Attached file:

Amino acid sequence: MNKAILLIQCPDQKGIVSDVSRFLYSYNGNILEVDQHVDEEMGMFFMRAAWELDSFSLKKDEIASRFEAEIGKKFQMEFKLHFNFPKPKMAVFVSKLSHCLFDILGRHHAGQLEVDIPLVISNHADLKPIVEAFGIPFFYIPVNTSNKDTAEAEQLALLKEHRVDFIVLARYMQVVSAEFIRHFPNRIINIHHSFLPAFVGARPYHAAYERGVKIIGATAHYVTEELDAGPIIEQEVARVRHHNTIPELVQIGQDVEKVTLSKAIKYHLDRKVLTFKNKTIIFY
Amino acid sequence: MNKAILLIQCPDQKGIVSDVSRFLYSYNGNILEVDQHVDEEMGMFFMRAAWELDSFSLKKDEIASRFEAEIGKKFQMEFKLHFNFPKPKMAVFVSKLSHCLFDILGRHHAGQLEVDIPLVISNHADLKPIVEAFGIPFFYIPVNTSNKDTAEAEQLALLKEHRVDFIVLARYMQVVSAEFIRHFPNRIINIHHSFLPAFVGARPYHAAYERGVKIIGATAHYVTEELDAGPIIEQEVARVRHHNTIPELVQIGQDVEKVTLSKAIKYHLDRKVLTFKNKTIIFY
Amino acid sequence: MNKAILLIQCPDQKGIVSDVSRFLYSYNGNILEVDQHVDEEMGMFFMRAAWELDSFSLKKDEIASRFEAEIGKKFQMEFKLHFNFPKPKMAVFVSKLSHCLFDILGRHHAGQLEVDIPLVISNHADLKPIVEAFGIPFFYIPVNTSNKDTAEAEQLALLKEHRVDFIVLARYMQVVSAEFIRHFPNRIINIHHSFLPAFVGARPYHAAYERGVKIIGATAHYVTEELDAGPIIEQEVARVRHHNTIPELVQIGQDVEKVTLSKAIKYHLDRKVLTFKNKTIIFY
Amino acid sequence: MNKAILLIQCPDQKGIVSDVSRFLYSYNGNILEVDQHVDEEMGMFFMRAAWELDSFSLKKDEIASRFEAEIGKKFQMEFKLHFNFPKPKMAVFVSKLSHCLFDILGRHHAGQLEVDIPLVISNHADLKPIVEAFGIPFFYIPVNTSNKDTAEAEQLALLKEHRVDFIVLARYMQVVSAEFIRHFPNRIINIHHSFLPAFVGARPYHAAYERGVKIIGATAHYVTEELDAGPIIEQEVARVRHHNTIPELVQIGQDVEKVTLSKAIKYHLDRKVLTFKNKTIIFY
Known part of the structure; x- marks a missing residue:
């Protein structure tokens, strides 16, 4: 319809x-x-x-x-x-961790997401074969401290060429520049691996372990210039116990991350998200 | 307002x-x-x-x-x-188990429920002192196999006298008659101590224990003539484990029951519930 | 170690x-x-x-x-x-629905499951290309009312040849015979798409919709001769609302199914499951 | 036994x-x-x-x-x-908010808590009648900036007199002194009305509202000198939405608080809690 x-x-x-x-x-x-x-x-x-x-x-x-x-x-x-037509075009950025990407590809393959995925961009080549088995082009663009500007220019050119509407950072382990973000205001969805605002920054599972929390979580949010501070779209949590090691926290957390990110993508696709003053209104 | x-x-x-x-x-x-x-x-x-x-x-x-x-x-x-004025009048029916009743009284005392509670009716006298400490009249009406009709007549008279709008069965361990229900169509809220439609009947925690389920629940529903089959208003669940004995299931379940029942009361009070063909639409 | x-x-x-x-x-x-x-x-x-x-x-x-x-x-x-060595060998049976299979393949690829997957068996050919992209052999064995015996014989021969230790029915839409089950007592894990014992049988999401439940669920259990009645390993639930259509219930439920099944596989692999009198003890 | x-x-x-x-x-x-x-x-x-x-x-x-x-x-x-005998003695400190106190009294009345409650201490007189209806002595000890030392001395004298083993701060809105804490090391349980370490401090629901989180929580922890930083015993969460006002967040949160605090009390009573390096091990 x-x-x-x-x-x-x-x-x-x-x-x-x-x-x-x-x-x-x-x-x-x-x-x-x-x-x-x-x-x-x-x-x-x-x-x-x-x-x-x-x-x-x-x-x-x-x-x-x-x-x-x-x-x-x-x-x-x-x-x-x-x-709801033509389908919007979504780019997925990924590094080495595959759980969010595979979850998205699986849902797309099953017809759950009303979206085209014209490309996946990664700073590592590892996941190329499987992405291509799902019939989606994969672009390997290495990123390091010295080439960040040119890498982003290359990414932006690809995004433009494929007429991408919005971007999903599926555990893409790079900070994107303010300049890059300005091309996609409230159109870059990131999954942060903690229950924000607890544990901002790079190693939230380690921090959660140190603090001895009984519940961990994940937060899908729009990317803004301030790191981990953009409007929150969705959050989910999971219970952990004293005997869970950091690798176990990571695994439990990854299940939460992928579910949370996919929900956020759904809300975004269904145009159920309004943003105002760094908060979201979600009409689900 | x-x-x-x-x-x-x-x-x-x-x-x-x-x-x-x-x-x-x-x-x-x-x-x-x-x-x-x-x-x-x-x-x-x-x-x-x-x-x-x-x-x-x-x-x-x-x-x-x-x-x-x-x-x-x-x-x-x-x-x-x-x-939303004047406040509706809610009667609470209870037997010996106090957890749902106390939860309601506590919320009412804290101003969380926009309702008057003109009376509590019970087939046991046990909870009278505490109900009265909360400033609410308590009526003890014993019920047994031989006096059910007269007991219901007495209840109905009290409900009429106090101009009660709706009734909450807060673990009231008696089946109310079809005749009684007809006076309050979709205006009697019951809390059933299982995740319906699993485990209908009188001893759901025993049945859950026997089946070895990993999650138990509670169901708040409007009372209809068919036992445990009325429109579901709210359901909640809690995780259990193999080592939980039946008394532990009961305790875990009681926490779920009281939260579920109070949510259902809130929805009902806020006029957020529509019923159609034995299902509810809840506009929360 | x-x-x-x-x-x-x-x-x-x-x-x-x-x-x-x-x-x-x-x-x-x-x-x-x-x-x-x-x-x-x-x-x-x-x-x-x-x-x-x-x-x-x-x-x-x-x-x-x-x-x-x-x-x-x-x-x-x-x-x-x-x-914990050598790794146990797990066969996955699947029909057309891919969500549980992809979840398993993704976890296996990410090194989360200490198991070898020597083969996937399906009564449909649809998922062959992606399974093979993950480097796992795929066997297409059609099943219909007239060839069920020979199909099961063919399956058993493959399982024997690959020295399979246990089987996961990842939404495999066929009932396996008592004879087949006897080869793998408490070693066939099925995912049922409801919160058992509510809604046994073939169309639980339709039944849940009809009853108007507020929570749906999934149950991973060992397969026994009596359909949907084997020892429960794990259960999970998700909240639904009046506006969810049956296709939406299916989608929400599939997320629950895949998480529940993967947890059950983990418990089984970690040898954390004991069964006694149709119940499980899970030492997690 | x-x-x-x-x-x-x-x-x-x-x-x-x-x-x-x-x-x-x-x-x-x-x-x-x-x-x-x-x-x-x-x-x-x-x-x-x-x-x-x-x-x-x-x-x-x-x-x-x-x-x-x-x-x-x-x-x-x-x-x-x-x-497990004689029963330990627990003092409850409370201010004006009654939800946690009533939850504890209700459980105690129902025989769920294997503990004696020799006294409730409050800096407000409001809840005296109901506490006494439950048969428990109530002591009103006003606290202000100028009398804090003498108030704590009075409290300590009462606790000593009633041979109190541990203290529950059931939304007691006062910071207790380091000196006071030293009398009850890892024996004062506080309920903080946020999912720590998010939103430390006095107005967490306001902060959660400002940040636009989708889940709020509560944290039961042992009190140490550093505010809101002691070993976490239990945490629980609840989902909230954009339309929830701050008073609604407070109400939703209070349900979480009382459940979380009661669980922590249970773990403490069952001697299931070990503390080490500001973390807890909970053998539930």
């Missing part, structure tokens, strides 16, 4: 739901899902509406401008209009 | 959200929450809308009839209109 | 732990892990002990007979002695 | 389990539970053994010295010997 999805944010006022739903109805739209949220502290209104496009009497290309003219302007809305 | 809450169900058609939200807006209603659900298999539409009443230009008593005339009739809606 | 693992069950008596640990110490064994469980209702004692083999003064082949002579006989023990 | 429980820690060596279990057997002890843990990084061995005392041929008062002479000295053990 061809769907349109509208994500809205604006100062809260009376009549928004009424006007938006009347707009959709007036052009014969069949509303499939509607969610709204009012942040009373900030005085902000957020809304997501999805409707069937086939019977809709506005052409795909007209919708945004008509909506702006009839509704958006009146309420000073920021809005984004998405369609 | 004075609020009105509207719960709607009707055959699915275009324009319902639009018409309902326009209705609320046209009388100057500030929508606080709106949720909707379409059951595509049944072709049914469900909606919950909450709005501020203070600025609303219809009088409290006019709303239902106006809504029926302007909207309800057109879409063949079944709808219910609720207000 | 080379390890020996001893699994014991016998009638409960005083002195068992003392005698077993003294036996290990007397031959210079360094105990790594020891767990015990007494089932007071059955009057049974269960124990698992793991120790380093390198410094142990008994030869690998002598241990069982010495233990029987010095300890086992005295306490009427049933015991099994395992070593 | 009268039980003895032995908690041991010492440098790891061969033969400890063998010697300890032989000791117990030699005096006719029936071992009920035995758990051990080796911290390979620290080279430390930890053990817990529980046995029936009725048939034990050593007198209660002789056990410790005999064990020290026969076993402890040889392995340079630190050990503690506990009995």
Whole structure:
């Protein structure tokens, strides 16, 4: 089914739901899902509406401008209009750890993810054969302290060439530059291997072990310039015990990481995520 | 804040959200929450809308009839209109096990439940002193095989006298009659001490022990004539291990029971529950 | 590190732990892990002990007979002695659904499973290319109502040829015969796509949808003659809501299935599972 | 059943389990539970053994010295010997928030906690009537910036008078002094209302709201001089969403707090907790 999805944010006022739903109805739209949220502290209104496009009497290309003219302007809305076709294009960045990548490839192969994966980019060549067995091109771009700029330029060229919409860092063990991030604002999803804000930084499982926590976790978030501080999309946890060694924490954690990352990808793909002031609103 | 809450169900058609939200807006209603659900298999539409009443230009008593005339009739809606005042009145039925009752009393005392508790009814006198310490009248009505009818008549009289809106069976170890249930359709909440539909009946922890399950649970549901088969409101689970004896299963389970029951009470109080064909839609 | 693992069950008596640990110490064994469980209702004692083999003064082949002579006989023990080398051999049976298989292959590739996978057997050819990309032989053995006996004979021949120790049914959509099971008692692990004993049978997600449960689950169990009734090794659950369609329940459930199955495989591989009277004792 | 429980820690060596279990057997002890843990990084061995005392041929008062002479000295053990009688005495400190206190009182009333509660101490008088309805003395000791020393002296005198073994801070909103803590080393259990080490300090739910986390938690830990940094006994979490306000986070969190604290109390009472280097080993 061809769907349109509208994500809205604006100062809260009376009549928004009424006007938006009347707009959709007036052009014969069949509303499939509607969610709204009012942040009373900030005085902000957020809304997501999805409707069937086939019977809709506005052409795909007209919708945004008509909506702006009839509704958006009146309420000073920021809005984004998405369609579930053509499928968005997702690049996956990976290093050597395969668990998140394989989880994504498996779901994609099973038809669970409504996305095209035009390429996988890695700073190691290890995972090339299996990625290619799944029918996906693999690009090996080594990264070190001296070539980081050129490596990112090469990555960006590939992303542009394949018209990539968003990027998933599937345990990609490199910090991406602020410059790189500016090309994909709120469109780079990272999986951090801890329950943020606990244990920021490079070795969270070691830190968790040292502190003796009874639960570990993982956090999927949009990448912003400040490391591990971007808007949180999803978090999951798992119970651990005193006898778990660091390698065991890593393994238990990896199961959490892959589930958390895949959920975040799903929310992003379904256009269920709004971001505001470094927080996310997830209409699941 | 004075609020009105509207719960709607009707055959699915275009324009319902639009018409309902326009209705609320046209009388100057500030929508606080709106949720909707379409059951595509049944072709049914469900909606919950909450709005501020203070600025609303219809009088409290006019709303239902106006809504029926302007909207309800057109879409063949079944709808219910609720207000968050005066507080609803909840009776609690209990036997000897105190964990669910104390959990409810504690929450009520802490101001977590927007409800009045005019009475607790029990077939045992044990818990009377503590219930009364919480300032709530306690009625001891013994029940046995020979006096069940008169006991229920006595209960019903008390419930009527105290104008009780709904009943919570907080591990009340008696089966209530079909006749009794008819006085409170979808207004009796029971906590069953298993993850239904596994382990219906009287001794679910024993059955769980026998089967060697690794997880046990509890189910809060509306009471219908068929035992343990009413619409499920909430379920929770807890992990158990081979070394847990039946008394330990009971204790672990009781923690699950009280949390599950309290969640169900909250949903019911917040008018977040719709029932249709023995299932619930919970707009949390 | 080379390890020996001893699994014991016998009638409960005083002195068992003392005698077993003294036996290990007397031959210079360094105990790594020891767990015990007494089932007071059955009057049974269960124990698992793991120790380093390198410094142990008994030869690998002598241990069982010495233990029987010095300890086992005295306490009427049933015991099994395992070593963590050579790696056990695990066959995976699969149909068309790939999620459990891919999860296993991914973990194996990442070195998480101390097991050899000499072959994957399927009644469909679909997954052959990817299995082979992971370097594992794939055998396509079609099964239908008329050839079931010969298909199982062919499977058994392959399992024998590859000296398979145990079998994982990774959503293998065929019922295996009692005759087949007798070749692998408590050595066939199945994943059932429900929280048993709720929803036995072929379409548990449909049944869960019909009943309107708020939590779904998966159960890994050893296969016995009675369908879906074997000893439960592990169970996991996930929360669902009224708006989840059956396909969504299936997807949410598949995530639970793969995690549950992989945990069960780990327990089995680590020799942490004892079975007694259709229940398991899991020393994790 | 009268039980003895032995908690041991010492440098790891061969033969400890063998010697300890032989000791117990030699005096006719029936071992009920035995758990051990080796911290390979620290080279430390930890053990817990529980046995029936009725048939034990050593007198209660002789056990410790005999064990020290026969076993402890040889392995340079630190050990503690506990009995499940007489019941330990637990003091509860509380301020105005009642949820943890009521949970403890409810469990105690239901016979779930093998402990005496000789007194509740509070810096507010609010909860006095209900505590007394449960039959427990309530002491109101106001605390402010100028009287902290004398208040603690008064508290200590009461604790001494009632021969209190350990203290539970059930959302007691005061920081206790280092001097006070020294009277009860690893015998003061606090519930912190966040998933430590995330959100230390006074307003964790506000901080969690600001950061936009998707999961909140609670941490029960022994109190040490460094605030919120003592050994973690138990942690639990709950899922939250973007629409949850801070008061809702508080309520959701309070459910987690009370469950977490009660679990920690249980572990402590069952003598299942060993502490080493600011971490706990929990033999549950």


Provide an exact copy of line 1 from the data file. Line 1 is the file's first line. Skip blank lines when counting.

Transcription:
Amino acid sequence: MNKAILLIQCPDQKGIVSDVSRFLYSYNGNILEVDQHVDEEMGMFFMRAAWELDSFSLKKDEIASRFEAEIGKKFQMEFKLHFNFPKPKMAVFVSKLSHCLFDILGRHHAGQLEVDIPLVISNHADLKPIVEAFGIPFFYIPVNTSNKDTAEAEQLALLKEHRVDFIVLARYMQVVSAEFIRHFPNRIINIHHSFLPAFVGARPYHAAYERGVKIIGATAHYVTEELDAGPIIEQEVARVRHHNTIPELVQIGQDVEKVTLSKAIKYHLDRKVLTFKNKTIIFY